In case of inbound mergers where the resultant company is an Indian company: (i) The issue and/or transfer of securities to a person resident outside India by the resultant company shall be in accordance with Foreign Exchange Management (Transfer or Issue of Security by a Person Resident outside India) Regulations, 2000; (ii) The existing borrowing(s) of the foreign company obtained from overseas sources shall conform to the foreign borrowing norms laid down by RBI; and (iii) The holding of assets outside India by the resultant company because of the merger or the subsequent transfer of assets shall adhere to the Foreign Exchange Management Act, 1999 or rules or regulations framed thereunder (FEMA).
In case of outbound mergers where the resultant company is a foreign company: (i) The acquisition and holding of securities in the resultant company by an Indian resident shall be in accordance with Foreign Exchange Management (Transfer or issue of Foreign Security) Regulations, 2000 or the provisions of the Liberalized Remittance Scheme, as applicable; (ii) The outstanding or impending borrowings shall be repaid by the resultant company as per the scheme sanctioned by NCLT; and (iii) The resultant company can acquire, hold any assets in India or transfer any such assets, as per the permissible limits prescribed under FEMA.
Irrespective of the transaction being an inbound or outbound merger, if such assets or securities held by the resultant company is in contravention of the provisions of FEMA, the resultant company would be required to sell the said assets/securities within 180 days from the sanction of the merger scheme and the sale proceeds to be repatriated to India or outside India, as the case may be.
Although the Draft Regulations are at the stage of public consultation, permitting a resultant company to acquire assets (which it is otherwise not permitted to acquire under foreign exchange laws) pursuant to sanction of a Scheme of cross-border merger, only to require such entity to subsequently divest such assets within 180 days from sanction of the Scheme, may entail unattractive tax and stamp duty implications. As violation of FEMA may entail penalty of up to three times the amounts involved, the feasibility of having a blanket 180-day period for divestment of such prohibited assets also needs to be examined.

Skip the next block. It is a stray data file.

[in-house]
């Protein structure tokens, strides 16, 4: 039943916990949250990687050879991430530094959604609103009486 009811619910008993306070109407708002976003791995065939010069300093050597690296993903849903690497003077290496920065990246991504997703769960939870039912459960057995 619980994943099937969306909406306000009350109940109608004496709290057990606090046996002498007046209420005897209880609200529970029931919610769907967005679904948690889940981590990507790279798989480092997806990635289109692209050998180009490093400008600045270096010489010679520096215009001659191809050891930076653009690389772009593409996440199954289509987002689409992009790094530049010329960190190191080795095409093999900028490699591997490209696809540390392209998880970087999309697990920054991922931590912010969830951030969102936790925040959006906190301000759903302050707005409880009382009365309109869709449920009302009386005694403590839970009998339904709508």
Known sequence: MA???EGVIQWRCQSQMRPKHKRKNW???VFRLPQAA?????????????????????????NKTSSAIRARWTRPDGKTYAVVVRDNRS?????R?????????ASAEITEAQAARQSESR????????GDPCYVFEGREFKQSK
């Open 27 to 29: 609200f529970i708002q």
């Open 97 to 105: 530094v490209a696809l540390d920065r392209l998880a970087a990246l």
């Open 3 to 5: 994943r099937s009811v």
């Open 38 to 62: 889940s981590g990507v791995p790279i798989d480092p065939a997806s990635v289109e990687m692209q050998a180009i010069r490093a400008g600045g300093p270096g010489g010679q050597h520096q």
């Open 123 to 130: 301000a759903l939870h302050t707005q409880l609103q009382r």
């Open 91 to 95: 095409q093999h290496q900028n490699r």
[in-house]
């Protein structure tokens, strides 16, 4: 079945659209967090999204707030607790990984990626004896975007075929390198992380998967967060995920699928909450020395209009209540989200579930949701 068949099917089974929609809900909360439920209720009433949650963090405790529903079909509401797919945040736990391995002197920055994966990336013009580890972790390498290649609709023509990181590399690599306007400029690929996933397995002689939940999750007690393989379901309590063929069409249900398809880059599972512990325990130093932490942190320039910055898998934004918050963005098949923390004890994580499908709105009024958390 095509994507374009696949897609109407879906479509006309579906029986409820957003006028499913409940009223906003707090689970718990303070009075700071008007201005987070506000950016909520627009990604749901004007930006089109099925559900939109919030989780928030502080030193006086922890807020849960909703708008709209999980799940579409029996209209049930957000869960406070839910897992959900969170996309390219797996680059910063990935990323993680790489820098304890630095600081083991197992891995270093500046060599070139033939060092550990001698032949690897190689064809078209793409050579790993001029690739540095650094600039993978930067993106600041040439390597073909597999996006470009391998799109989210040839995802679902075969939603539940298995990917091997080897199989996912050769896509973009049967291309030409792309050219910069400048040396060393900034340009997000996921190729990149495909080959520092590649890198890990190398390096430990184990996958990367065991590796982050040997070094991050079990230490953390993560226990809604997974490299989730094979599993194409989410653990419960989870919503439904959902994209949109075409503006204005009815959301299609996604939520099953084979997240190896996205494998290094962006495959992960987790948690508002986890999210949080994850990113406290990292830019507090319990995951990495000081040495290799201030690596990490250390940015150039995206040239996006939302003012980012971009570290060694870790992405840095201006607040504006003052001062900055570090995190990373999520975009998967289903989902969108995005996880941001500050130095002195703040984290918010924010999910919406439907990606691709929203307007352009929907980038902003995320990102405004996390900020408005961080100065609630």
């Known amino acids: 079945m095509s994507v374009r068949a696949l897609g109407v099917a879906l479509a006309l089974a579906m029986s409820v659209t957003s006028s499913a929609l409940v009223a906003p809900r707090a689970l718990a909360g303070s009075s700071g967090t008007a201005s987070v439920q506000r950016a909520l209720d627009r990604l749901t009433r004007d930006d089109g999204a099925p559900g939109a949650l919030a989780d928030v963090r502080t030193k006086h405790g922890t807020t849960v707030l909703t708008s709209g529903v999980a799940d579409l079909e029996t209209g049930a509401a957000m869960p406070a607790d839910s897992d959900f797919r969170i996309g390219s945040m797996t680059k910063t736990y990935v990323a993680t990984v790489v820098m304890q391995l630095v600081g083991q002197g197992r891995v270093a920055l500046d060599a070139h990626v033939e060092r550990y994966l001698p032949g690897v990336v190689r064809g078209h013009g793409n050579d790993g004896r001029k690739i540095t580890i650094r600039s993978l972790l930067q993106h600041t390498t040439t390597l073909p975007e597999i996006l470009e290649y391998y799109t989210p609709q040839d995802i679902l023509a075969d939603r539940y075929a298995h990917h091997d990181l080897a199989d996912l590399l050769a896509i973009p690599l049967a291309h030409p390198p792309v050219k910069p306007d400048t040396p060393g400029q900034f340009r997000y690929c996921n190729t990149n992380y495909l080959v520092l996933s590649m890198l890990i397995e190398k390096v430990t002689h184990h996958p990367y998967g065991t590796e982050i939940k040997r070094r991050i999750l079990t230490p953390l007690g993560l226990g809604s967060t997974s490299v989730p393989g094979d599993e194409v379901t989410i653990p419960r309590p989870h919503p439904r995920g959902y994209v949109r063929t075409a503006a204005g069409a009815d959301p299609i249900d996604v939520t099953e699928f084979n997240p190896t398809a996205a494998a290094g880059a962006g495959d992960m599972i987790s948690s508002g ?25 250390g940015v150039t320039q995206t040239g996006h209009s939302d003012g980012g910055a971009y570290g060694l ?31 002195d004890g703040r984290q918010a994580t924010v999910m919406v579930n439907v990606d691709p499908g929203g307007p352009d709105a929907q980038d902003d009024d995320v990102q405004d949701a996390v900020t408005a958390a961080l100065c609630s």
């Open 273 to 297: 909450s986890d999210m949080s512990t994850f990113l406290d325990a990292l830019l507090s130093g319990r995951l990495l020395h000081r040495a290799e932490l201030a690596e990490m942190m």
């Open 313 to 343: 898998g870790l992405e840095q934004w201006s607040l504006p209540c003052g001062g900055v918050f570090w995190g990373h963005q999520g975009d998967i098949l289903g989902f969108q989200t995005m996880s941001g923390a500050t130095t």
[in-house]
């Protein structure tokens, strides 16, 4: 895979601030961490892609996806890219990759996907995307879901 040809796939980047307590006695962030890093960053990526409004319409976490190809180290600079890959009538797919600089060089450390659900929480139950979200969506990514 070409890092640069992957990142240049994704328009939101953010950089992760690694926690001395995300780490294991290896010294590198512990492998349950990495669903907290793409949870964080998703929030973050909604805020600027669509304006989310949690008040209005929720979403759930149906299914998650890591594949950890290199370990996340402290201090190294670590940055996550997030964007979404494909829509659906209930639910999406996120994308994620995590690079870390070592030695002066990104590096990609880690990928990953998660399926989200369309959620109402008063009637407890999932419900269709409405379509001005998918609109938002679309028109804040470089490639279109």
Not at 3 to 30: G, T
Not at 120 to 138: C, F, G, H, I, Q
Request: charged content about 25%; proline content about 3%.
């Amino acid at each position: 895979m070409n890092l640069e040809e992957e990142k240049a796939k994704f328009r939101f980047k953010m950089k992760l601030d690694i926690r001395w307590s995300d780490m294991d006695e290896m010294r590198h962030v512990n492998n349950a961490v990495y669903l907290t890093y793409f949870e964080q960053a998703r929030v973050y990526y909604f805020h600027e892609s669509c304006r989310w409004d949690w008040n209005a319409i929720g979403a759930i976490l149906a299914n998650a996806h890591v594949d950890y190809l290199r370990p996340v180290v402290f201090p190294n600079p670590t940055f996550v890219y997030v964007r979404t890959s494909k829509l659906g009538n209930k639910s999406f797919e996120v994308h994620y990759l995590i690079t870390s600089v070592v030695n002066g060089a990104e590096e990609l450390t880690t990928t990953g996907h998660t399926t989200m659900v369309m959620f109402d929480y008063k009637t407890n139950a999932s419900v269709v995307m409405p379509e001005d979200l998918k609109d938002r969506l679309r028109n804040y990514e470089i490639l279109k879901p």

To bring parity with Section 248 of the Companies Act, valuation of the merging entities is proposed to be done as per internationally accepted pricing methodology on arm’s length basis, which shall be duly certified by an authorized Chartered Accountant/public accountant/merchant banker. All transactions arising due to cross border mergers are proposed to be reported to RBI as required under FEMA. Further, any transaction undertaken in accordance with Draft Regulation shall be deemed to be approved by RBI as required under Rule 25-A.
One important issue in the Draft Regulations is the explanation provided to the definition of “foreign company” which states that foreign company should mean those incorporated in jurisdictions at Annexure B. The term ‘foreign company’ under the Draft Regulations is used for both inbound and outbound mergers, making applicable the restrictions of permitted jurisdictions under Annexure B to even inbound mergers, in contradiction to what is stated under Rule 25-A.
Although notification of Section 234 is intended to enable cross-border mergers, a host of related concerns remain unaddressed, especially where the surviving transferee entity is a foreign company that acquires and holds business interests and assets in India of an erstwhile Indian transferor entity. Extensive amendments by the legislature and various regulators including by the Insurance Regulatory and Development Authority, the RBI, tax authorities, to name a few, are also required on numerous jurisdictional issues involved in cross-border mergers such as matters concerning recovery of taxes under the Income Tax Act, 1961, social welfare liabilities for employees, and litigations that would be inherited by surviving company, especially in outbound mergers. To protect the interests of various stakeholders involved and effectively operationalize Section 234, this legislative and regulatory void needs to be addressed in parallel. In the absence of such exhaustive legislative and regulatory changes, liberalization of the cross-border merger regime envisioned by Section 234 is not practically workable.